The Crusader Newspaper Group


Is the Black community hopelessly divided? Has the community fallen so far from a general idea of progress that there is a permanent barrier against anything resembling success that most people will embrace? Have class lines ensured that there is a “ring-pass-me-not” that will keep Black people moving in circles, never to grab the ring of success? Have notions of white supremacy made it so distasteful to adopt values formerly embraced by Black Americans that people are now left to adopt ridiculous stances?

The questions above have been generated by something that occurred recently as fallout from a public school principal’s decision to enact a dress code for parents visiting her school. Carlotta Brown, a new principal at James Madison High School in Houston, TX, has vowed to turn away parents if they show up at the school wearing bonnets, pajamas, hair rollers or leggings, among other clothing items. According to an online article entitled “HISD principal sets dress code – for parents,” by R.A. Schuetz and Jacob Carpenter, a memo, written by Principal Brown detailing the dress code states: “Parents, we do value you as a partner in your child’s education.” Brown, herself a graduate of Madison High School, further says “However, please know we have to have standards, most of all we must have high standards.”

Apparently, this action was instituted after a parent was turned away from the school when she attempted to enroll her daughter based on how she was dressed. According to reports, the woman was dressed in a t-shirt dress and headscarf. People who saw photos of the woman said that she appeared to be dressed in what could have been sleepwear; a long tee-shirt without leggings and a scarf that was not stylishly done, but appeared to be one that she had slept in.

As a result of the incident, Black people all across the country have expressed divergent views. Most notably, people who are siding with the woman are saying that it is unfair for the school to enact a dress code for parents; that it has nothing to do with the quality of students’ education. They are calling it elitist and are even attributing the act to the principal’s alleged embrace of white supremacist values. In other words, to require that parents dress in a more dignified manner when doing business with the school is discriminatory and disrespectful.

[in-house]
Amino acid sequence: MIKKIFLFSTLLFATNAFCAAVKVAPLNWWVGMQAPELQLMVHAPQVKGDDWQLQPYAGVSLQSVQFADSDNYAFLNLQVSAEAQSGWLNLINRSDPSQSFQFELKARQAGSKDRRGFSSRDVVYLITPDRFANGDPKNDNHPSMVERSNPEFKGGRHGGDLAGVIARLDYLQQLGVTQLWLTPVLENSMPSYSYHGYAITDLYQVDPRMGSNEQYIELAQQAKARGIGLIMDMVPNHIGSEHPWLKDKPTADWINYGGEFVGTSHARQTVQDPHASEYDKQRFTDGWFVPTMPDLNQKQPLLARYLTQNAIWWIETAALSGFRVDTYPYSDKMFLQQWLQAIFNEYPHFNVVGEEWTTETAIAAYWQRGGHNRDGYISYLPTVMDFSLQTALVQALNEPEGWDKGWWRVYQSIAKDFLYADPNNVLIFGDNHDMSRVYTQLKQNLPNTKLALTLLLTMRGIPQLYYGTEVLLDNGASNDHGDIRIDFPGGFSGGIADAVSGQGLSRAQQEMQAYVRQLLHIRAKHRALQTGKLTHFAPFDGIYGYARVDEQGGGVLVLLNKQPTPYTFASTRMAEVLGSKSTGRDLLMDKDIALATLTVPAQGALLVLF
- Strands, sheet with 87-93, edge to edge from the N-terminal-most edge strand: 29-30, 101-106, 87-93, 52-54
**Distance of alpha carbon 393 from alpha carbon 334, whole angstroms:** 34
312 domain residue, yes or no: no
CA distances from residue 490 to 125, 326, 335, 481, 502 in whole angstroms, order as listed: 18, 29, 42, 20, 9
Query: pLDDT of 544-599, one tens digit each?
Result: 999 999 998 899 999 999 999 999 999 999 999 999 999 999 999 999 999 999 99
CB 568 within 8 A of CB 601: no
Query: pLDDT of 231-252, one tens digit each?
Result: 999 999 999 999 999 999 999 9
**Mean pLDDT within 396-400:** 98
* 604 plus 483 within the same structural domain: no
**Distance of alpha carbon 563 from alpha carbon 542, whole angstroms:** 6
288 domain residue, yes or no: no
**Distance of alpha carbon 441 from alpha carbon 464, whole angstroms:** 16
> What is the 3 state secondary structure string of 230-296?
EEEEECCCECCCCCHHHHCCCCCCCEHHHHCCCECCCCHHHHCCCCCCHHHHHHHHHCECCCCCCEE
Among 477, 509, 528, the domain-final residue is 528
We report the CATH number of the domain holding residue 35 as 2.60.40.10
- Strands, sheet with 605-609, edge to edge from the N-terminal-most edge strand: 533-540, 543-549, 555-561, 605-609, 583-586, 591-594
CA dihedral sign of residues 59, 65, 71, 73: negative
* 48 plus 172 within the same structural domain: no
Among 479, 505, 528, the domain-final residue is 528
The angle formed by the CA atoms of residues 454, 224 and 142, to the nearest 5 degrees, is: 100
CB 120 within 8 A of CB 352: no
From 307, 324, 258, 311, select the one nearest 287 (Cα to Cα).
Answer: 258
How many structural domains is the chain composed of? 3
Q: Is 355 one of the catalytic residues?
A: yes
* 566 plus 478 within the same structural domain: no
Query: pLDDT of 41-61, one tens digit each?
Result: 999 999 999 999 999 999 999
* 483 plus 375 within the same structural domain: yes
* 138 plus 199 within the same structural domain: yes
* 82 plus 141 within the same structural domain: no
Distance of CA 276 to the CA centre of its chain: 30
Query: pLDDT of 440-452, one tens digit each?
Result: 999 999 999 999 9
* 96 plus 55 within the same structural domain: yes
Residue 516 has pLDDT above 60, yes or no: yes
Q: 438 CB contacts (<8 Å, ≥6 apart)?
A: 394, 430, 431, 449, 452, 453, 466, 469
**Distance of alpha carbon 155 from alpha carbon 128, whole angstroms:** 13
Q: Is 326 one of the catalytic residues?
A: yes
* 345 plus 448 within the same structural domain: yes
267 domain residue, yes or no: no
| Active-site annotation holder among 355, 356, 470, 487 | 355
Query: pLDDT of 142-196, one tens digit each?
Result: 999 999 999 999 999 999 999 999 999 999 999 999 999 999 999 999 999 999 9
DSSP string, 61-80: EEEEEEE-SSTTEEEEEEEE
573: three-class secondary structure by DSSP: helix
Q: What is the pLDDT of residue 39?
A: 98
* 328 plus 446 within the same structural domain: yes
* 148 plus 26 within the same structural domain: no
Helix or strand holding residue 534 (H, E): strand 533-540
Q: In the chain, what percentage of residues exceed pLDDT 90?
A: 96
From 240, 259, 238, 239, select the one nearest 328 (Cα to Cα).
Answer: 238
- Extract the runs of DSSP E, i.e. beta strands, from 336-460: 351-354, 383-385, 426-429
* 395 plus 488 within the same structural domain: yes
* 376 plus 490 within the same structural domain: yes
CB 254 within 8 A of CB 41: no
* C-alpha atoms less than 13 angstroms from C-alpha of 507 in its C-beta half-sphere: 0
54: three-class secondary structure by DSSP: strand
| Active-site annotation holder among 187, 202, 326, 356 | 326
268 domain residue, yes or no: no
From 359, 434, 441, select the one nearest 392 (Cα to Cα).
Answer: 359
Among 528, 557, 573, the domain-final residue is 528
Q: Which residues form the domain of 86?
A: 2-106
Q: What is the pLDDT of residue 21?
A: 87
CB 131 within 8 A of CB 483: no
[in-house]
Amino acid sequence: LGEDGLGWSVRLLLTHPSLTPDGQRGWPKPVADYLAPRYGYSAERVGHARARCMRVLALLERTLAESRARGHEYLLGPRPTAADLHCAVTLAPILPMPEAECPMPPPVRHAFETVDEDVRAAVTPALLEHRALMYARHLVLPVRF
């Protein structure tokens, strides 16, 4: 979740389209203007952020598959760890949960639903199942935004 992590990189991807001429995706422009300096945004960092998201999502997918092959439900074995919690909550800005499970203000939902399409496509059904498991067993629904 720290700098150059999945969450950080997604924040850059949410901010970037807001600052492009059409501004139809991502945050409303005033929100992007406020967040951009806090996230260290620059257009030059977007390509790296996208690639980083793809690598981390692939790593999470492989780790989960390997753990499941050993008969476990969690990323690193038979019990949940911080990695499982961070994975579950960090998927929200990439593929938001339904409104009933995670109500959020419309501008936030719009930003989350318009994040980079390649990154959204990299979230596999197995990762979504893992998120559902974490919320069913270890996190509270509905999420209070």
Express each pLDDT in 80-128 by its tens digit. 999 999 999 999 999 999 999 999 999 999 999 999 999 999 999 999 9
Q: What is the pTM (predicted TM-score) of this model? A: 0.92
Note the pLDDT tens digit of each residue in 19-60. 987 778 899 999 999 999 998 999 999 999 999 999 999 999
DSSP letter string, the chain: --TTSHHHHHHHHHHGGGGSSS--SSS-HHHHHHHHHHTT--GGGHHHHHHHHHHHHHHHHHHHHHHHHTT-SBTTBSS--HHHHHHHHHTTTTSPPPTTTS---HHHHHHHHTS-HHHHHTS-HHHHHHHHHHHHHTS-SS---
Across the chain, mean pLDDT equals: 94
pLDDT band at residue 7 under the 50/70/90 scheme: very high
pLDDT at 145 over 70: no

Those who support the principal’s position have expressed the opinion that it is okay to demand that people coming to do business with the school, which is what enrolling your child is doing, should at least be dressed in such a way that they do not look like they are just rolling out of bed. Actually, parents who might show up to school like this are expressing another kind of disrespect; they are sending a message to students that school is not important enough to dress appropriately. Critics also point out that those same parents would not dare go to a nightclub or to church dressed in such a manner.

Since when is it elitist to expect people to dress for success? Would the parent have gone to a job interview in hair rollers and a tee shirt? Are Black people now so far out of touch with American society that they should not be expected to dress appropriately for the occasion? School is about more than just academics; collateral learning is important. Presentation, an element of this collateral learning, plays an important part in the rules of success.

To insist that parents doing business with schools not be allowed to wear night clothes and other inappropriate attire, is sending a message that appearance counts, which it does. Students need to understand this. Since all education actually starts at home, parents bear the responsibility of preparing their children for success in the world. It is important, therefore, that they set the standards for achievement, and respecting school as a place of business is one of the best places to start. In the event that parents don’t understand this important point, it’s perfectly alright that schools take the initiative to set the example for them. A Luta Continua.

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